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A Monumental City

Do you know there are 160 monuments in DC? Nope, neither did I and I call this city my home! The city also hosts 17 Smithsonian museums and together the monuments and museums offer us unprecedented access to history and art. This weekend Tarun and I set out to see a couple of monuments and revisit one of our favorite museums - The Sackler Gallery of Art. We parked by the Potomac river and walked over to the Martin Luther King Jr. memorial and then to the Korean War Veterans Memorial. Each inspired us in its own way.

The MLK memorial reminded me of Mahatma Gandhi. MLK was a great admirer of Gandhi and many of his words echo Gandhi's peace-loving sentiments. In today's acrimonious political scene, this quote on an adjacent wall gave me hope that justice will always prevail.

The Stone of Hope contains a 30' statue of MLK Jr. and overlooks the Potomac River. It is carved by the Chinese sculptor Lei Yixin. The inscription is from the famous "I have a dream" speech.

My camera caught an interesting glimpse of the MLK memorial flanking the Jefferson Memorial, two stalwarts from different eras looking over each other.

Across the street is the Korean War Veterans Memorial. Set in an unassuming garden at the foot of the Lincoln Memorial, it has statues of a platoon from the different branches of the armed forces - fourteen from the U.S. Army, three from the Marine Corps, one from the Navy Corpsman, and one from the Air Force Forward Air Observer. These 7' statues are so astonishingly lifelike in their details, that you half expect them to suddenly take motion.

628,000 soldiers from 22 countries died in the Korean War. 2,500 of their faces are blasted into the surface of the granite wall that sits on one side of this memorial. As we walked past the wall, these faces tugged at our hearts and reminded us of the enormous sacrifices made by veterans and their families.

Our next stop was the Sackler Gallery of Art, part of the Freer-Sackler complex housing Asian art. Today's exhibits transported us to the Qajar dynasty in Iran and took us on a tour of Buddhist art through the ages.

Iranian history offers us a rich brocade of culture, politics, food, jewels, and art. The Qajar dynasty ruled from 1794 to 1925. In the early years, their reign was depicted through paintings and towards the end through photographs. The Qajar rulers introduced their subjects to western traditions of education, science, and technology. They thrived for over a century before acceding power and territory - such as Armenia, Azerbaijan, and Georgia - to the Russians.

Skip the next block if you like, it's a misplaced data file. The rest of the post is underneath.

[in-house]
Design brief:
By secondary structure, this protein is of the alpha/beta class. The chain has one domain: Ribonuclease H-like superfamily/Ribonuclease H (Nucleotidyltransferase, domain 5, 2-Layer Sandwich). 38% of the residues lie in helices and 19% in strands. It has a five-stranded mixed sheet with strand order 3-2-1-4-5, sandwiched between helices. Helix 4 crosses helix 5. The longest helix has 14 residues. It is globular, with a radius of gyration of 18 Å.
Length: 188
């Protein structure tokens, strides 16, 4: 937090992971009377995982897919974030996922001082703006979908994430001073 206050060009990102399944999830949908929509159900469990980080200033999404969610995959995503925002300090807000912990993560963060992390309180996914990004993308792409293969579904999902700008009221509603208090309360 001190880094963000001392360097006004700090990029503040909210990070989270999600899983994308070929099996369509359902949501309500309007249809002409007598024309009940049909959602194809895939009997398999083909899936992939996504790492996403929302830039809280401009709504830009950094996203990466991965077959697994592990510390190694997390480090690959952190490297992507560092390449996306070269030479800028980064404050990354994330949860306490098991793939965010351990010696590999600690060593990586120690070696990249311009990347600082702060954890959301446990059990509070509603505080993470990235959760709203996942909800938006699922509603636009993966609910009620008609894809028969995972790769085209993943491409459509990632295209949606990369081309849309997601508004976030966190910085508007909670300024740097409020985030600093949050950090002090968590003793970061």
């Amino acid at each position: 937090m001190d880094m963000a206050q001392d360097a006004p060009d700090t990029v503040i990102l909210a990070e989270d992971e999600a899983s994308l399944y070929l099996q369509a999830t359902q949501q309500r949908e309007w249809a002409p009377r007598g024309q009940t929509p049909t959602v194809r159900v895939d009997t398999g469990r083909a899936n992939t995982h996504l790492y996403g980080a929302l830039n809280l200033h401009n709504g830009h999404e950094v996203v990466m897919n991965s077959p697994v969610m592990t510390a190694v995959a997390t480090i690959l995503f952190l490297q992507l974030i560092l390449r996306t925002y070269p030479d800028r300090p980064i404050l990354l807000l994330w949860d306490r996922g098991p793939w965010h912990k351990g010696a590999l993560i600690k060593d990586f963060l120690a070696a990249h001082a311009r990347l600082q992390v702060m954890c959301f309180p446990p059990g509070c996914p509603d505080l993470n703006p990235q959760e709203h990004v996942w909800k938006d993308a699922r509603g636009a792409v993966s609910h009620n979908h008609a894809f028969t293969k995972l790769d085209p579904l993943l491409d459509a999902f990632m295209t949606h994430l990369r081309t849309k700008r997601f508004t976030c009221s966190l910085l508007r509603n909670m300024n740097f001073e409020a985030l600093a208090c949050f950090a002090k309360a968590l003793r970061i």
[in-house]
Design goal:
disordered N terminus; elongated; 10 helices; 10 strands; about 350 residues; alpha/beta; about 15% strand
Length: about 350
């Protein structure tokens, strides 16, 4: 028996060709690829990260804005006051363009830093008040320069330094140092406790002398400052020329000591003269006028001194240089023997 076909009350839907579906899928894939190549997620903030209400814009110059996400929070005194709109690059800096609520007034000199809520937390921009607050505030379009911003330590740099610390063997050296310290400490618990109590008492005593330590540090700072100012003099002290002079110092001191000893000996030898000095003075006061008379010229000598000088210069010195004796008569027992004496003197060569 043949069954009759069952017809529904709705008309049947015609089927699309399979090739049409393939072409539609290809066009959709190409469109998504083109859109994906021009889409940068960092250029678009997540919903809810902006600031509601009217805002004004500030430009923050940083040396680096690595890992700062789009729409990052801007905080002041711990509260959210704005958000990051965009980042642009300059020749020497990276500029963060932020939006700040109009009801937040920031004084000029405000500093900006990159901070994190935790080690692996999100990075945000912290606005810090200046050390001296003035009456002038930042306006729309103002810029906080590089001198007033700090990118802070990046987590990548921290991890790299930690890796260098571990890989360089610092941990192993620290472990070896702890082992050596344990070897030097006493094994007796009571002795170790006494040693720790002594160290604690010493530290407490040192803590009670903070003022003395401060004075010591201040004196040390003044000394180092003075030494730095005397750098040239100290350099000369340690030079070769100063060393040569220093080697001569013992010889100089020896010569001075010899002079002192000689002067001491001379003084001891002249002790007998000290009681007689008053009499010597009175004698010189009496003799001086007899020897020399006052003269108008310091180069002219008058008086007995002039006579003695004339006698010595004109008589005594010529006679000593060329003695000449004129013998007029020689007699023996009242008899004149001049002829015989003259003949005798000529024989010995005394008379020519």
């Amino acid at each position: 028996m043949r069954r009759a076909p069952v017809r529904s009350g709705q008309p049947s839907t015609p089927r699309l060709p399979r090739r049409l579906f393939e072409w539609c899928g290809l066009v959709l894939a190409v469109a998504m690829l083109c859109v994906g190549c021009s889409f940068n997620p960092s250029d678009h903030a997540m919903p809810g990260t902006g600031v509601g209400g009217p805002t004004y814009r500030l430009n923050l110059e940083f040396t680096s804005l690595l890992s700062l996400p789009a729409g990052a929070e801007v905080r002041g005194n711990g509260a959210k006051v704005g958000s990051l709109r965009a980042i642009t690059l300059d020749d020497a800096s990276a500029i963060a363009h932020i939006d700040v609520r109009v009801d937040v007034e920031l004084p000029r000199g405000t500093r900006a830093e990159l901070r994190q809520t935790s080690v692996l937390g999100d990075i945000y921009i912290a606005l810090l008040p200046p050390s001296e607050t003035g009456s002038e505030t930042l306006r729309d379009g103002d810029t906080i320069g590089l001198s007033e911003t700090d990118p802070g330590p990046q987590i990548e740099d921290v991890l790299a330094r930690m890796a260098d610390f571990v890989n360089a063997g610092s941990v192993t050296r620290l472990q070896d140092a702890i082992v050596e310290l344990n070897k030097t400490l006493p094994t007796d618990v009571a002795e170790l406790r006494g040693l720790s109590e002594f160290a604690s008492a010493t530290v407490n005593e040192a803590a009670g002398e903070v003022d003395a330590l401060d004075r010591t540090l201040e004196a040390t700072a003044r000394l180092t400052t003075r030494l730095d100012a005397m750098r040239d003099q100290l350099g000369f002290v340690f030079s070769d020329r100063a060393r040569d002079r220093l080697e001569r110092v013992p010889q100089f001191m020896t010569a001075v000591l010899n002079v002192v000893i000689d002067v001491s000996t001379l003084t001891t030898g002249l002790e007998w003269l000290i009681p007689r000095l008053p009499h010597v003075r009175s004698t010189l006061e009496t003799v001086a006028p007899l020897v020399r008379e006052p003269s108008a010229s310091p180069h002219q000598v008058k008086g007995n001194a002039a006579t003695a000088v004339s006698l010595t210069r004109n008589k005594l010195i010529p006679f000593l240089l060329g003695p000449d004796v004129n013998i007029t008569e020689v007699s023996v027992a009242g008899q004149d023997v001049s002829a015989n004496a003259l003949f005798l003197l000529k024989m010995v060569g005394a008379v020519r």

The lighting in the exhibit gallery was low and I couldn't take good pictures. Here's the anchor painting of Prince Ahmad Shah and his cabinet from the Sackler website. Ahmad Shah was the last of the Qajar rulers and he was only 11 years old when he was named regent by the Grand Majlis. My father-in-law was a member of a club called "Majlis" in the 80s in Calcutta, reminding me of the intricate connections in language and culture between the Persians and Indians.

The next exhibit was called "Encountering the Buddha: Art and Practice Across Asia".

As I entered the replica of a Tibetan shrine, I was engulfed in Buddhist chants that warmed the soul. The high bass and rhythmic chanting took me to a level of peace and quietude that I rarely experience in a city like DC.

Buddhism spread from India (from the city I was born) to Southeast Asia and the Far East in the 5th century BC and the accompanying art transitioned from the typical posture of the Buddha to this wall of many Buddhas in China. Seeing art from centuries ago inspired awe and humility.

Our final stop was called "Feast your Eyes: A Taste for Luxury in Ancient Iran ".

The ancient Iranians were the first people to eat meals with multiple courses. They were also know for their wines and rich desserts. The wine-making tradition in Iran dates back 7,000 years ago, as evidenced by residue in jars from the Neolithic era now housed at University of Pennsylvania. Shiraz is an ancient wine producing region in Iran and I was excited at the possibility that we drink wine whose genetic roots date back to the ancient times! I researched this thought and discovered that even though legend says that a 13th century knight brought Persian vine from the Crusades to establish the Syrah (aka Shiraz) line in the Rhone Valley, DNA testing has proven a lack of connection with ancient Iran.

This exhibit has many artifacts from ancient Iranian banquets, including intricately designed dishes and wine goblets. One that caught my attention was this gold pitcher or "ewer". It is inscribed with the name of the ruler and carved with images of peacocks and peahens. Even though Islam discouraged the show of wealth, the Sasanian emperors certainly indulged in luxury while feasting.

As we ended our tour of the museum, we noticed the sculpture in the stairwell called "Monkeys Grasp for the Moon". Made of 21 pieces of wood, each unit represents monkey written in a different language. This sculpture is based on a Chinese lore in which monkeys link to each other by their legs and tails to grasp the moon. What's not to like about this concept!

In the Enid A. Haupt garden outside Sackler, we found ourselves surrounded by what looked like peace lily plants but we knew that they cannot survive in the punishing heat of DC. A sign told us they are "Dhobi" plants, indigenous to India. The flowers look like washed clothes hanging on a line, so their name derives from the word "dhobi" which means washerman in Hindi.

Enriched by inspiring words, humbled by veterans, and awed by ancient art and culture, I returned home convinced that DC remains my favorite city in the universe.

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